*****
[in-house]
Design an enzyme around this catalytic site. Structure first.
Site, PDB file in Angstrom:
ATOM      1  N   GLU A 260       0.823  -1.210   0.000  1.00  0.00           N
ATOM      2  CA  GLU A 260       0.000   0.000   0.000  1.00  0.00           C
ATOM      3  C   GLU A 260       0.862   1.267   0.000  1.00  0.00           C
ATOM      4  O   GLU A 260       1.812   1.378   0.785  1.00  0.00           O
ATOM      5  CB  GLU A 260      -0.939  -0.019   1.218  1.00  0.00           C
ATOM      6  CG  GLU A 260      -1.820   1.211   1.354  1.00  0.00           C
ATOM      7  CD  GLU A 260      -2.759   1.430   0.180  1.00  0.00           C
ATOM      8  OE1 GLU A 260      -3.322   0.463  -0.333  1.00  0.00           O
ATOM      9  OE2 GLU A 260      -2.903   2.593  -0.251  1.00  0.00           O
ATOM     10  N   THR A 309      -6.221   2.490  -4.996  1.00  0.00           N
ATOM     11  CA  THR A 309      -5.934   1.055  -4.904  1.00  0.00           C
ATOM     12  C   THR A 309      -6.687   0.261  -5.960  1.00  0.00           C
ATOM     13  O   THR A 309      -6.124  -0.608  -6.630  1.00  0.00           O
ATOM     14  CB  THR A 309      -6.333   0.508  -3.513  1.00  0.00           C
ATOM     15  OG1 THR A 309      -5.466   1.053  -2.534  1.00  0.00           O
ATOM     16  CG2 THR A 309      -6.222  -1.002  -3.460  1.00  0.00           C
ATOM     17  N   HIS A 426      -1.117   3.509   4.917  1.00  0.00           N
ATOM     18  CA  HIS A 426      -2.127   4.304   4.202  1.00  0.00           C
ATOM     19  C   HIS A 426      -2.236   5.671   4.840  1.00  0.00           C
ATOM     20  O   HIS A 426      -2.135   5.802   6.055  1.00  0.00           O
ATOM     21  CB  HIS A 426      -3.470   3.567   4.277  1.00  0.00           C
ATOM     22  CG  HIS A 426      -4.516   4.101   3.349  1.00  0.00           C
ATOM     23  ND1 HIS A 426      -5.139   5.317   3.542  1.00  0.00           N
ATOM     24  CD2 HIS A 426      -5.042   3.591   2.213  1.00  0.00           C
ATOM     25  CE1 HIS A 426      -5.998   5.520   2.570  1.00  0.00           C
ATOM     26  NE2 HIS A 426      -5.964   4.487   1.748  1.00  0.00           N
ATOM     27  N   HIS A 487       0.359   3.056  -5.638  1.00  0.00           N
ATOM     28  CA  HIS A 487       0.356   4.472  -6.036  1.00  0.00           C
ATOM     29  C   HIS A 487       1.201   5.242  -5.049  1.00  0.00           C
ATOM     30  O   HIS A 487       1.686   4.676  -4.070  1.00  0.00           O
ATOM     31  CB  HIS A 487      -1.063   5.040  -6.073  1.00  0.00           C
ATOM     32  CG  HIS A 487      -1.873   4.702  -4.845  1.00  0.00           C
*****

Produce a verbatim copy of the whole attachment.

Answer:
[in-house]
Design an enzyme around this catalytic site. Structure first.
Site, PDB file in Angstrom:
ATOM      1  N   GLU A 260       0.823  -1.210   0.000  1.00  0.00           N
ATOM      2  CA  GLU A 260       0.000   0.000   0.000  1.00  0.00           C
ATOM      3  C   GLU A 260       0.862   1.267   0.000  1.00  0.00           C
ATOM      4  O   GLU A 260       1.812   1.378   0.785  1.00  0.00           O
ATOM      5  CB  GLU A 260      -0.939  -0.019   1.218  1.00  0.00           C
ATOM      6  CG  GLU A 260      -1.820   1.211   1.354  1.00  0.00           C
ATOM      7  CD  GLU A 260      -2.759   1.430   0.180  1.00  0.00           C
ATOM      8  OE1 GLU A 260      -3.322   0.463  -0.333  1.00  0.00           O
ATOM      9  OE2 GLU A 260      -2.903   2.593  -0.251  1.00  0.00           O
ATOM     10  N   THR A 309      -6.221   2.490  -4.996  1.00  0.00           N
ATOM     11  CA  THR A 309      -5.934   1.055  -4.904  1.00  0.00           C
ATOM     12  C   THR A 309      -6.687   0.261  -5.960  1.00  0.00           C
ATOM     13  O   THR A 309      -6.124  -0.608  -6.630  1.00  0.00           O
ATOM     14  CB  THR A 309      -6.333   0.508  -3.513  1.00  0.00           C
ATOM     15  OG1 THR A 309      -5.466   1.053  -2.534  1.00  0.00           O
ATOM     16  CG2 THR A 309      -6.222  -1.002  -3.460  1.00  0.00           C
ATOM     17  N   HIS A 426      -1.117   3.509   4.917  1.00  0.00           N
ATOM     18  CA  HIS A 426      -2.127   4.304   4.202  1.00  0.00           C
ATOM     19  C   HIS A 426      -2.236   5.671   4.840  1.00  0.00           C
ATOM     20  O   HIS A 426      -2.135   5.802   6.055  1.00  0.00           O
ATOM     21  CB  HIS A 426      -3.470   3.567   4.277  1.00  0.00           C
ATOM     22  CG  HIS A 426      -4.516   4.101   3.349  1.00  0.00           C
ATOM     23  ND1 HIS A 426      -5.139   5.317   3.542  1.00  0.00           N
ATOM     24  CD2 HIS A 426      -5.042   3.591   2.213  1.00  0.00           C
ATOM     25  CE1 HIS A 426      -5.998   5.520   2.570  1.00  0.00           C
ATOM     26  NE2 HIS A 426      -5.964   4.487   1.748  1.00  0.00           N
ATOM     27  N   HIS A 487       0.359   3.056  -5.638  1.00  0.00           N
ATOM     28  CA  HIS A 487       0.356   4.472  -6.036  1.00  0.00           C
ATOM     29  C   HIS A 487       1.201   5.242  -5.049  1.00  0.00           C
ATOM     30  O   HIS A 487       1.686   4.676  -4.070  1.00  0.00           O
ATOM     31  CB  HIS A 487      -1.063   5.040  -6.073  1.00  0.00           C
ATOM     32  CG  HIS A 487      -1.873   4.702  -4.845  1.00  0.00           C